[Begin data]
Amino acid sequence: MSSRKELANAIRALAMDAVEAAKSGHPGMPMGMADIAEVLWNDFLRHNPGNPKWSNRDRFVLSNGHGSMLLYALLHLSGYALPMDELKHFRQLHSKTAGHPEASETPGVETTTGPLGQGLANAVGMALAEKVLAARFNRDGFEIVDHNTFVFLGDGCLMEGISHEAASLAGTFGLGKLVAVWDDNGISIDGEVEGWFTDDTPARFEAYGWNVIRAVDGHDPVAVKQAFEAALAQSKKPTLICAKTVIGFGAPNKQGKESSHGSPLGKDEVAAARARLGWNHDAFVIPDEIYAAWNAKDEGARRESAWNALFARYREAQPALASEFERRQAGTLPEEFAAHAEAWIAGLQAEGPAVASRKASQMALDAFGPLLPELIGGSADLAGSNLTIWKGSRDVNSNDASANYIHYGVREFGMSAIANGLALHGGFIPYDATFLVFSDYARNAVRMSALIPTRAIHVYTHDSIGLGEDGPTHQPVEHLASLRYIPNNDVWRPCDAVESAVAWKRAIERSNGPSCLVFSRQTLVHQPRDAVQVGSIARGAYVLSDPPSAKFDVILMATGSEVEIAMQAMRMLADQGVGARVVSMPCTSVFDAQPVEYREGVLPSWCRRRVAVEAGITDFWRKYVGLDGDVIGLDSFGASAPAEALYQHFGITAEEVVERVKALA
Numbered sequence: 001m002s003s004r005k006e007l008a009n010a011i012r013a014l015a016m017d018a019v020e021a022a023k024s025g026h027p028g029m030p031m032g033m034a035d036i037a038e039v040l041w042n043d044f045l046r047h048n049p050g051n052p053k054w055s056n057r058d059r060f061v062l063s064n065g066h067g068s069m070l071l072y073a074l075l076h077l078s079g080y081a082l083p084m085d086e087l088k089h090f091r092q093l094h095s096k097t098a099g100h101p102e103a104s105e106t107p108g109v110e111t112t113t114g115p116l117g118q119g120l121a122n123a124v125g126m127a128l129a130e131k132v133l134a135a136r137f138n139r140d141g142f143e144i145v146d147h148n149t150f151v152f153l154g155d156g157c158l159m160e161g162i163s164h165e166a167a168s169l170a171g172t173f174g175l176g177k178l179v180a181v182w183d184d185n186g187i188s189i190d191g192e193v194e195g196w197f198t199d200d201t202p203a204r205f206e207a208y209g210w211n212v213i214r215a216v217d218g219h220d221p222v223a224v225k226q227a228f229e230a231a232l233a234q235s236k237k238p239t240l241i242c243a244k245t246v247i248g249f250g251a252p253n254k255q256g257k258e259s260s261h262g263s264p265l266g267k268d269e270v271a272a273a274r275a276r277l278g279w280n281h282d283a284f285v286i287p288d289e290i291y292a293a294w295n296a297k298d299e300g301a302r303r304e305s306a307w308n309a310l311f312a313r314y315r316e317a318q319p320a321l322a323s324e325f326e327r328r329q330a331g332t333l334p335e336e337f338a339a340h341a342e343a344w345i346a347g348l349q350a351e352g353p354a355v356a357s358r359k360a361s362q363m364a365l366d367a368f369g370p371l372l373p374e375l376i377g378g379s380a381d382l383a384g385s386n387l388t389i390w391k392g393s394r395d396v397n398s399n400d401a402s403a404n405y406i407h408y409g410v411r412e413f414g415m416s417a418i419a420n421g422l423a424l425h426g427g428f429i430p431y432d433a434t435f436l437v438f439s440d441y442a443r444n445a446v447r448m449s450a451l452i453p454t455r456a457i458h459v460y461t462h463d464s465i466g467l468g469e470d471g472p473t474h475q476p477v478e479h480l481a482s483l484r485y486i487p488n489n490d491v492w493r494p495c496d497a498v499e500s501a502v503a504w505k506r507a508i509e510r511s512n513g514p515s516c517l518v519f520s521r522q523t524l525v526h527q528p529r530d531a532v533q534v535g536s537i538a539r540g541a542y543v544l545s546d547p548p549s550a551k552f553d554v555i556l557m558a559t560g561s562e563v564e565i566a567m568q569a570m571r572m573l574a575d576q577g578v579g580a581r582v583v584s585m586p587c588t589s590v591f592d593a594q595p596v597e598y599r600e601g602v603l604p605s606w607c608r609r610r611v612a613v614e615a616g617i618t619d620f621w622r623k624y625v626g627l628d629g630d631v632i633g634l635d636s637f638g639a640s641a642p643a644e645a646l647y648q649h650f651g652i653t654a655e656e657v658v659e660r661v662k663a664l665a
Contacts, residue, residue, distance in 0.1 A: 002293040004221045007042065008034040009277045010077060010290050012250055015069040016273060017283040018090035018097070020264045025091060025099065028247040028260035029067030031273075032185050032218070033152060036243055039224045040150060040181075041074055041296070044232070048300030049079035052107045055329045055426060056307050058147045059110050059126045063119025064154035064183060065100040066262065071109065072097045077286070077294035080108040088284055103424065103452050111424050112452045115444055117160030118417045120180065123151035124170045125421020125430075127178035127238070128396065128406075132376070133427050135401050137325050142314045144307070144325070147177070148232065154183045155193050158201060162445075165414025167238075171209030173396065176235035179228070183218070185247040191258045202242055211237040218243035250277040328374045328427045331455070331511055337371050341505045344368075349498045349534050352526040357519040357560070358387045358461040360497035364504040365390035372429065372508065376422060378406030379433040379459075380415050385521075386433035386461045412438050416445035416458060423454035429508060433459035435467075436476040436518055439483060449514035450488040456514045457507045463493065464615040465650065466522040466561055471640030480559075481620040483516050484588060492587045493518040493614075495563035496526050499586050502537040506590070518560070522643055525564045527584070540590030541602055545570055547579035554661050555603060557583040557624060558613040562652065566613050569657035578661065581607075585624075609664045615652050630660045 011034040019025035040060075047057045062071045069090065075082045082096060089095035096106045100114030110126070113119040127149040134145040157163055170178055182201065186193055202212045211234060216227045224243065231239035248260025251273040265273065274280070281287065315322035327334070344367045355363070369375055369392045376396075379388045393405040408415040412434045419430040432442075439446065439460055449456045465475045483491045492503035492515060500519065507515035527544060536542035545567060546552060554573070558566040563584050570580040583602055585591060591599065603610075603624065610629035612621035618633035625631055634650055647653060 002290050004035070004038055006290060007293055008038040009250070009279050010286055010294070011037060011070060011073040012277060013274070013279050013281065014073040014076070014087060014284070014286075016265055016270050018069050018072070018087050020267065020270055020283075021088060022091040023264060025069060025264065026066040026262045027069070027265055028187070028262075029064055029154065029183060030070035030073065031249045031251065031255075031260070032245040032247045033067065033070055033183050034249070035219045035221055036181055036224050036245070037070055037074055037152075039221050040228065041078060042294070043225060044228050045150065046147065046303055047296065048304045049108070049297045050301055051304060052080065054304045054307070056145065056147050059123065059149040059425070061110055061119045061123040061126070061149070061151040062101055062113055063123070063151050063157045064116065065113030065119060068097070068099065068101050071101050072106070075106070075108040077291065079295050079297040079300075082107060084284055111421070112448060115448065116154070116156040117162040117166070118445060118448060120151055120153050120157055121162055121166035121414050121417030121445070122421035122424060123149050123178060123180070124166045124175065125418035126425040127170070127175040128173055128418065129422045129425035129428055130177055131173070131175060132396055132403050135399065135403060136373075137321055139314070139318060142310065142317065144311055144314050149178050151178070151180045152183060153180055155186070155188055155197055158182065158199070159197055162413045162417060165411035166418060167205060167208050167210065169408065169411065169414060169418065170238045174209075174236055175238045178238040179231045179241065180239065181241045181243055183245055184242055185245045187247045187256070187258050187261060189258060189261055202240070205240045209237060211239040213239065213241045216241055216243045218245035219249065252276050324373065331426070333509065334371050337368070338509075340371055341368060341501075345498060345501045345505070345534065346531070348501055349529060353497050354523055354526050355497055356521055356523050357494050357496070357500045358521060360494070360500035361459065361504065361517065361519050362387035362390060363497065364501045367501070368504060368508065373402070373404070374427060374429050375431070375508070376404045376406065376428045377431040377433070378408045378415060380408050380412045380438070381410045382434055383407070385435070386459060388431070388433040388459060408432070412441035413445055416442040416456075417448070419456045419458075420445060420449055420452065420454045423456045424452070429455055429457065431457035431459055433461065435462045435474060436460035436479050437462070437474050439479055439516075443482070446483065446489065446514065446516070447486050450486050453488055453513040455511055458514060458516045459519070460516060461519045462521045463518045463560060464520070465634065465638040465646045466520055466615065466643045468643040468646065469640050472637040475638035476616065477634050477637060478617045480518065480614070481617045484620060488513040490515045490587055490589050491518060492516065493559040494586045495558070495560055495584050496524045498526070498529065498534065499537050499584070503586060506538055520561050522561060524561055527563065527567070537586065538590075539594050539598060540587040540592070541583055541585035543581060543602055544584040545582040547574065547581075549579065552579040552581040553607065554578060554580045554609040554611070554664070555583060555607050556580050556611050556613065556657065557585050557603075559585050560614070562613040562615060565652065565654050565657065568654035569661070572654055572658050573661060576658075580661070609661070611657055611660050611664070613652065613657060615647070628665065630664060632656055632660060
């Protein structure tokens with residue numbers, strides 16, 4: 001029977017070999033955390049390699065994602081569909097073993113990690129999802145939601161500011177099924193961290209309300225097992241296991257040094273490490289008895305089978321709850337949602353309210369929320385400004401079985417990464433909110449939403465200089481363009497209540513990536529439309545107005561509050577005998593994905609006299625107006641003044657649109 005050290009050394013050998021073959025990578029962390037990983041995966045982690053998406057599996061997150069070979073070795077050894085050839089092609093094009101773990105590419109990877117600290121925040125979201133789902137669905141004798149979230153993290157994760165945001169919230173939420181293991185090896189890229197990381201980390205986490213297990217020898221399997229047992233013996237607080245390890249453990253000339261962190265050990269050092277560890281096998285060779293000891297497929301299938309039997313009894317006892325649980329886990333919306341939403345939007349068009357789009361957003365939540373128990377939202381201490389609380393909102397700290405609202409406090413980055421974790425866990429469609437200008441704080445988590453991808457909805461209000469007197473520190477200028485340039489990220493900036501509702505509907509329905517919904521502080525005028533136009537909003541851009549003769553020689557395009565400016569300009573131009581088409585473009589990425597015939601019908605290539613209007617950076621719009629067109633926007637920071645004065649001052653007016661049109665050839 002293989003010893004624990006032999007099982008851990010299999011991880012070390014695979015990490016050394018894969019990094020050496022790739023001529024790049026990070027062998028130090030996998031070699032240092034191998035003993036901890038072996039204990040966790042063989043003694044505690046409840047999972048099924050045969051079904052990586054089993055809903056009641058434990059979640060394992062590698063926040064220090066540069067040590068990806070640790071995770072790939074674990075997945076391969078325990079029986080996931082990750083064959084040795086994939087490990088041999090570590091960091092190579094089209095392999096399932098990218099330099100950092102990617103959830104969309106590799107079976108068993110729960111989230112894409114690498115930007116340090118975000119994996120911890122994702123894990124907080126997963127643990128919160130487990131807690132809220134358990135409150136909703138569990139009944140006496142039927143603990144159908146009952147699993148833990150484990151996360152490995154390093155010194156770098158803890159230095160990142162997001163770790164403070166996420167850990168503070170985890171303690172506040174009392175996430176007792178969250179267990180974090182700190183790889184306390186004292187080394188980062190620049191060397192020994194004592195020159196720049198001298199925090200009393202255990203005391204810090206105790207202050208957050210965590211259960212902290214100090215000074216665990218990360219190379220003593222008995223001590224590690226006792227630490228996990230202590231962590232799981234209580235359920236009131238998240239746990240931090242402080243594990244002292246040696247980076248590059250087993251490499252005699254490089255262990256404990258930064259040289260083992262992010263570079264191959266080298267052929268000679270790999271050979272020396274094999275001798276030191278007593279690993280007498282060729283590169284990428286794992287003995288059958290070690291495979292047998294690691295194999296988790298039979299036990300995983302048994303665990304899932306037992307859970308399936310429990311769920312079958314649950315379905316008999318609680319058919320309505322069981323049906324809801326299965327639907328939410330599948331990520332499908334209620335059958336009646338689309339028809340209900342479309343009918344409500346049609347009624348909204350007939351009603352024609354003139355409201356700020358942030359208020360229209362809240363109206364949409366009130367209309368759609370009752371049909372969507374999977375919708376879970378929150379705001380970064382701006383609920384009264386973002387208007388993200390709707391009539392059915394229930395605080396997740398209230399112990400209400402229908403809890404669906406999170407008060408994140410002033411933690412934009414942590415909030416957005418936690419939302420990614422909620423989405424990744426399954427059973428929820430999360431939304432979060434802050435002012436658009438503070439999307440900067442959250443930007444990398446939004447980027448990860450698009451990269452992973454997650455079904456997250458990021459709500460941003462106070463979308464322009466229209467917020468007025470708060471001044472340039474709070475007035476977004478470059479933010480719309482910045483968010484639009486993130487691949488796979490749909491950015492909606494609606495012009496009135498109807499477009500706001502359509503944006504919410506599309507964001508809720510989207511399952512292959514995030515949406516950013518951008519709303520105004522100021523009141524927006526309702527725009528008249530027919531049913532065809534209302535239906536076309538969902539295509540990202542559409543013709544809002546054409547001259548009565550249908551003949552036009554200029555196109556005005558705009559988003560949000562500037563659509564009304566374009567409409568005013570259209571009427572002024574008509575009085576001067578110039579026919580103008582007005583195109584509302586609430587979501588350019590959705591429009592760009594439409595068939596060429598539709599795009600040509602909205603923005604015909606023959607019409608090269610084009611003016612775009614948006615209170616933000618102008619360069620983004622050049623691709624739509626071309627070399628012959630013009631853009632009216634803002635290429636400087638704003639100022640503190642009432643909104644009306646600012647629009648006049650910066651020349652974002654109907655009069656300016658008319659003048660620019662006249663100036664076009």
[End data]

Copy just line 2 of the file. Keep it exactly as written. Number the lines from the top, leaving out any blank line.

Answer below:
Numbered sequence: 001m002s003s004r005k006e007l008a009n010a011i012r013a014l015a016m017d018a019v020e021a022a023k024s025g026h027p028g029m030p031m032g033m034a035d036i037a038e039v040l041w042n043d044f045l046r047h048n049p050g051n052p053k054w055s056n057r058d059r060f061v062l063s064n065g066h067g068s069m070l071l072y073a074l075l076h077l078s079g080y081a082l083p084m085d086e087l088k089h090f091r092q093l094h095s096k097t098a099g100h101p102e103a104s105e106t107p108g109v110e111t112t113t114g115p116l117g118q119g120l121a122n123a124v125g126m127a128l129a130e131k132v133l134a135a136r137f138n139r140d141g142f143e144i145v146d147h148n149t150f151v152f153l154g155d156g157c158l159m160e161g162i163s164h165e166a167a168s169l170a171g172t173f174g175l176g177k178l179v180a181v182w183d184d185n186g187i188s189i190d191g192e193v194e195g196w197f198t199d200d201t202p203a204r205f206e207a208y209g210w211n212v213i214r215a216v217d218g219h220d221p222v223a224v225k226q227a228f229e230a231a232l233a234q235s236k237k238p239t240l241i242c243a244k245t246v247i248g249f250g251a252p253n254k255q256g257k258e259s260s261h262g263s264p265l266g267k268d269e270v271a272a273a274r275a276r277l278g279w280n281h282d283a284f285v286i287p288d289e290i291y292a293a294w295n296a297k298d299e300g301a302r303r304e305s306a307w308n309a310l311f312a313r314y315r316e317a318q319p320a321l322a323s324e325f326e327r328r329q330a331g332t333l334p335e336e337f338a339a340h341a342e343a344w345i346a347g348l349q350a351e352g353p354a355v356a357s358r359k360a361s362q363m364a365l366d367a368f369g370p371l372l373p374e375l376i377g378g379s380a381d382l383a384g385s386n387l388t389i390w391k392g393s394r395d396v397n398s399n400d401a402s403a404n405y406i407h408y409g410v411r412e413f414g415m416s417a418i419a420n421g422l423a424l425h426g427g428f429i430p431y432d433a434t435f436l437v438f439s440d441y442a443r444n445a446v447r448m449s450a451l452i453p454t455r456a457i458h459v460y461t462h463d464s465i466g467l468g469e470d471g472p473t474h475q476p477v478e479h480l481a482s483l484r485y486i487p488n489n490d491v492w493r494p495c496d497a498v499e500s501a502v503a504w505k506r507a508i509e510r511s512n513g514p515s516c517l518v519f520s521r522q523t524l525v526h527q528p529r530d531a532v533q534v535g536s537i538a539r540g541a542y543v544l545s546d547p548p549s550a551k552f553d554v555i556l557m558a559t560g561s562e563v564e565i566a567m568q569a570m571r572m573l574a575d576q577g578v579g580a581r582v583v584s585m586p587c588t589s590v591f592d593a594q595p596v597e598y599r600e601g602v603l604p605s606w607c608r609r610r611v612a613v614e615a616g617i618t619d620f621w622r623k624y625v626g627l628d629g630d631v632i633g634l635d636s637f638g639a640s641a642p643a644e645a646l647y648q649h650f651g652i653t654a655e656e657v658v659e660r661v662k663a664l665a